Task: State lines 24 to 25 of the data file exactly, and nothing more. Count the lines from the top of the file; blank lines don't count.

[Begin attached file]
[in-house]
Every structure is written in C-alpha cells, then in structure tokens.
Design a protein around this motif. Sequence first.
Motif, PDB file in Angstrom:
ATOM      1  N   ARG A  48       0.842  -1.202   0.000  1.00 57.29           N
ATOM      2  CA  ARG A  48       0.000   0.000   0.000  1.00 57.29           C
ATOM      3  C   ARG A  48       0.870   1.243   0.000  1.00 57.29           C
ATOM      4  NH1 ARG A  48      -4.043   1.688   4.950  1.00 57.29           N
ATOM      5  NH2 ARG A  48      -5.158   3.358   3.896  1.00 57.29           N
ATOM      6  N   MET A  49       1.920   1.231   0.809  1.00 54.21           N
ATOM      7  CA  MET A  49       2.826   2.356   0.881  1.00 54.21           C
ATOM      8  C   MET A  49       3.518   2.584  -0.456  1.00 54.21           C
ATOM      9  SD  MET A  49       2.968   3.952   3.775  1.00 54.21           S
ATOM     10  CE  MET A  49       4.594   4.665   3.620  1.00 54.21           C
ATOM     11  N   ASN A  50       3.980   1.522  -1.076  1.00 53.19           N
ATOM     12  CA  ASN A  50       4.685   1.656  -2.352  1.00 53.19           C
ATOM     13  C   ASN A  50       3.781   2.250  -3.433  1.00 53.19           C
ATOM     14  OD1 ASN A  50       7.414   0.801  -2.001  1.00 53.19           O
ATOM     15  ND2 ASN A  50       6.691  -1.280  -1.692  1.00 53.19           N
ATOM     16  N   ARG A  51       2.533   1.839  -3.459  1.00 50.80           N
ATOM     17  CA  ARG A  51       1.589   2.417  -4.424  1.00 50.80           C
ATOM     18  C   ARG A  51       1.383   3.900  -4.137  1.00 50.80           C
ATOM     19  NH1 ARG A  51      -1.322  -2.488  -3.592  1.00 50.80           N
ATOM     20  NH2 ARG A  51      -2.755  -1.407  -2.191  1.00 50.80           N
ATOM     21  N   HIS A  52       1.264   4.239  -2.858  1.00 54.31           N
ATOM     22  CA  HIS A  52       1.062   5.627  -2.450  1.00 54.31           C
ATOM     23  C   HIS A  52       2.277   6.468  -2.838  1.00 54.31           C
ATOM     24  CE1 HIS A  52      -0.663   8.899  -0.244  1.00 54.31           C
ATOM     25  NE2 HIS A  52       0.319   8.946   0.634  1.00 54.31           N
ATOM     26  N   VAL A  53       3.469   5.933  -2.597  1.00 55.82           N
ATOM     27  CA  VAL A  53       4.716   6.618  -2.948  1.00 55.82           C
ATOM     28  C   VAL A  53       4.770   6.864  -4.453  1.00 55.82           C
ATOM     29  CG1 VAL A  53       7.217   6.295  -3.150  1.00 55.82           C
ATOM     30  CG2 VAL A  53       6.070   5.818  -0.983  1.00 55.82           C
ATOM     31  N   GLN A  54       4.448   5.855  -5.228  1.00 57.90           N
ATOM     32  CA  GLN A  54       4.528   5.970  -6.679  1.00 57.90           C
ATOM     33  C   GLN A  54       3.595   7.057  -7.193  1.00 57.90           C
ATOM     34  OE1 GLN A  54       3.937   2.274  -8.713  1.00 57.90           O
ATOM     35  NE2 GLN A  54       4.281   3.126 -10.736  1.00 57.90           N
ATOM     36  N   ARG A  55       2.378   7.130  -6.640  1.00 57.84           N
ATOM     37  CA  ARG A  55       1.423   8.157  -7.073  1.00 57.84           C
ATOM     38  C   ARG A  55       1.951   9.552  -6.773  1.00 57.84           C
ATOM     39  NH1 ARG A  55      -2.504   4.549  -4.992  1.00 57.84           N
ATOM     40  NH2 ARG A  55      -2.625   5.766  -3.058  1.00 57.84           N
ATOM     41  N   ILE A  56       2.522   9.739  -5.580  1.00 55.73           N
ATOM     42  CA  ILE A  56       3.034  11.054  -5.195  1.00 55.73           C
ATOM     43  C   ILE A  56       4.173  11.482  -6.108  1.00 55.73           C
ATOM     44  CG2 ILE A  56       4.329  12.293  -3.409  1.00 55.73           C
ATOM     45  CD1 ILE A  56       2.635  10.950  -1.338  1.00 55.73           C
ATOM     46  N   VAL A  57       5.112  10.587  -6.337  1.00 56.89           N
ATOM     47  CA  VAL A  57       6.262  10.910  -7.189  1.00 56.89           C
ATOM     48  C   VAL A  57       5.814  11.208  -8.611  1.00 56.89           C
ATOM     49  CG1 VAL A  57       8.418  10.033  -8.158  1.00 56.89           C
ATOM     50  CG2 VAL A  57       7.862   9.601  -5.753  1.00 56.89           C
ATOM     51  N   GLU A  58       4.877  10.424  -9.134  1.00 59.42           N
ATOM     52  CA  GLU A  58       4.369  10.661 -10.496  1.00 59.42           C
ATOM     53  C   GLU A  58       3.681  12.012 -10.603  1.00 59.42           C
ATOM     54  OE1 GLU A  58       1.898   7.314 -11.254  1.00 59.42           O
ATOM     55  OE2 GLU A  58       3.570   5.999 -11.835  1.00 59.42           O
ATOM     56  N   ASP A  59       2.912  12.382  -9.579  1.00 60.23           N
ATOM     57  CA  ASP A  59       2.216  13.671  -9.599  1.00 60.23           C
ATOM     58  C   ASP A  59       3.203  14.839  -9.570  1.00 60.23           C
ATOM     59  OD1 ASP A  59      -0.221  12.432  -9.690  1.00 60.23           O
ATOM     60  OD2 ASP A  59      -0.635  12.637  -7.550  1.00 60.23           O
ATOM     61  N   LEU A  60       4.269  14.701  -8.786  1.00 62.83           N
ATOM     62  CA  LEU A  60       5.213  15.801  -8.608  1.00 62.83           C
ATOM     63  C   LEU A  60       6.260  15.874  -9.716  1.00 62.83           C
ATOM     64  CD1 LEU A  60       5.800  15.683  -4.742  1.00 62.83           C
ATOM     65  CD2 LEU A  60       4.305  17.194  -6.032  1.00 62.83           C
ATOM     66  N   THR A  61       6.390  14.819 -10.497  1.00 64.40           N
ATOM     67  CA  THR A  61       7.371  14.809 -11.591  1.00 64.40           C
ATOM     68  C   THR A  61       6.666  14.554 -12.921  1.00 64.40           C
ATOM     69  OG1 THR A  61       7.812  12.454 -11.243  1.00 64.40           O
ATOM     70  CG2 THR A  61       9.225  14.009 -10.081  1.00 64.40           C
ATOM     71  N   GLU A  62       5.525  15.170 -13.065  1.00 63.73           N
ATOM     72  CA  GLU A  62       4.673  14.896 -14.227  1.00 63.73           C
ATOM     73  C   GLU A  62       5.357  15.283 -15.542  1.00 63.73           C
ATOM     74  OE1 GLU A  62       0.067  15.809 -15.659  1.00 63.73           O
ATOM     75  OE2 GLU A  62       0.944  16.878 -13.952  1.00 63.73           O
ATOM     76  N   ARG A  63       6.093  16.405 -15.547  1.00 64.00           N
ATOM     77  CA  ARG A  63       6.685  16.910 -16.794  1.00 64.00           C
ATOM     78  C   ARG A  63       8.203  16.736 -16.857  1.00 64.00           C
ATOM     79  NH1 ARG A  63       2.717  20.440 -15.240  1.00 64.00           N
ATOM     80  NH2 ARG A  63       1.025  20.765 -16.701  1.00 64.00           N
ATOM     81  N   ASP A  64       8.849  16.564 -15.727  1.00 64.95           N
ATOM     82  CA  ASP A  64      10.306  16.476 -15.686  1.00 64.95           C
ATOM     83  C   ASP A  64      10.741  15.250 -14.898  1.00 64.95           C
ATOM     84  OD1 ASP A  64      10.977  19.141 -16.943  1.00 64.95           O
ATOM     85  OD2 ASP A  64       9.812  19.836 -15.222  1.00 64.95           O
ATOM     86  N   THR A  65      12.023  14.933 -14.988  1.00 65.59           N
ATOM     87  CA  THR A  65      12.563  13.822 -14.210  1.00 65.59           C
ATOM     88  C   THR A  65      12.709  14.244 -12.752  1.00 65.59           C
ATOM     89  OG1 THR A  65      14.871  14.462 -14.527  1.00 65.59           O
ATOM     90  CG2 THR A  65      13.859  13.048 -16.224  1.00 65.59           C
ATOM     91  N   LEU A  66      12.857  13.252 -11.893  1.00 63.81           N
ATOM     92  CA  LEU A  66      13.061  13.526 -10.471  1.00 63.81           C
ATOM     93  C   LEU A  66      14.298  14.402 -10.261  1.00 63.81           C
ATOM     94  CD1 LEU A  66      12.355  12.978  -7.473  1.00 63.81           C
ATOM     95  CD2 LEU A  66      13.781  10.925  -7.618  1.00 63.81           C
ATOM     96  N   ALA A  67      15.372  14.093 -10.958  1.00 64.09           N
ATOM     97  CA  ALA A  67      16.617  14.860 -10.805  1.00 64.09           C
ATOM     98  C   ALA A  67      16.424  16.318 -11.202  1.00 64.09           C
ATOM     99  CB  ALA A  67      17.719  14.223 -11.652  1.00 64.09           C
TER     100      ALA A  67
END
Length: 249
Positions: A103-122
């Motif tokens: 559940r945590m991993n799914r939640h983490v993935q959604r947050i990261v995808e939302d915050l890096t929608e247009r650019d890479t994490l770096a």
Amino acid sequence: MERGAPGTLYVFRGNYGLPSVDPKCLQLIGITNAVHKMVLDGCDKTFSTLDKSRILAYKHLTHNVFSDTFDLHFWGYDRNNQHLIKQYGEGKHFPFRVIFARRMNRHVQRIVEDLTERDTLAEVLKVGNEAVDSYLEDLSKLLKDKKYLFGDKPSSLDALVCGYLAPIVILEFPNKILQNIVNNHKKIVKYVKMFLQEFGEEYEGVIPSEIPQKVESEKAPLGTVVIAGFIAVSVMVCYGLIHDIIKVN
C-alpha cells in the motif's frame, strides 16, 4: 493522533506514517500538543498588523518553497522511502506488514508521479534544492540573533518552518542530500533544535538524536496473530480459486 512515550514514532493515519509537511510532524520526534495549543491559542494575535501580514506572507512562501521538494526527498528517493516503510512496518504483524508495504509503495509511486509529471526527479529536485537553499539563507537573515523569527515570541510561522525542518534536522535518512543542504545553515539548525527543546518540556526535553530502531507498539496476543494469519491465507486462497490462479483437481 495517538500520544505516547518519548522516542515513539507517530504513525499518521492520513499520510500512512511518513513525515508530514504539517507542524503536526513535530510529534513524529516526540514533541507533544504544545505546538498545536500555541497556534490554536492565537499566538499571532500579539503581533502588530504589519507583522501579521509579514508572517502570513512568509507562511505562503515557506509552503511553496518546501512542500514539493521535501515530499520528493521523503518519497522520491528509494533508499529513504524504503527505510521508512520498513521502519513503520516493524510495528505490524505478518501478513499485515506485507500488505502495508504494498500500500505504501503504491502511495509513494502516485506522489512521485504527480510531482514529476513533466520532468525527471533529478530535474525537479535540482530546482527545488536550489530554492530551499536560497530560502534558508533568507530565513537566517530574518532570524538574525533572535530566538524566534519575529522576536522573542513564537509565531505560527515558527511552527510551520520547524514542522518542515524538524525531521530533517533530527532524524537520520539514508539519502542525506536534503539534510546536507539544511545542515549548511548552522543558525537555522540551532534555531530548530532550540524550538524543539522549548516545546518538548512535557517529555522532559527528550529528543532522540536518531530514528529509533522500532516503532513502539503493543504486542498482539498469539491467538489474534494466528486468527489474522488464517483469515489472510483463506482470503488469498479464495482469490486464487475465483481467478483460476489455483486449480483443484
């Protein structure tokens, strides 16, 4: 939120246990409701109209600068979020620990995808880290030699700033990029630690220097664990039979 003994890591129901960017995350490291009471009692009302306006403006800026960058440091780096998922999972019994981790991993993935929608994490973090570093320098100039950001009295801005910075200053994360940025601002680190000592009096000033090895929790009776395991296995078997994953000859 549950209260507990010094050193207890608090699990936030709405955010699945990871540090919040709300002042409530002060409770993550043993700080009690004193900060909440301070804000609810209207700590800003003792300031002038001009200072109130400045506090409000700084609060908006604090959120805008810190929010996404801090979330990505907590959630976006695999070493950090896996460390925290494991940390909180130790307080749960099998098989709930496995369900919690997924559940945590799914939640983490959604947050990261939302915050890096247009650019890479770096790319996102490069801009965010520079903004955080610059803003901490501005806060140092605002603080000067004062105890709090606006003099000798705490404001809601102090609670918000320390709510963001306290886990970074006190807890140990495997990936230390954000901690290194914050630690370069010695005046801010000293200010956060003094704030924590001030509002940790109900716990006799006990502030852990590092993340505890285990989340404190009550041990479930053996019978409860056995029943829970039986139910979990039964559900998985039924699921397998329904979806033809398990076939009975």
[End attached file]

ATOM     20  NH2 ARG A  51      -2.755  -1.407  -2.191  1.00 50.80           N
ATOM     21  N   HIS A  52       1.264   4.239  -2.858  1.00 54.31           N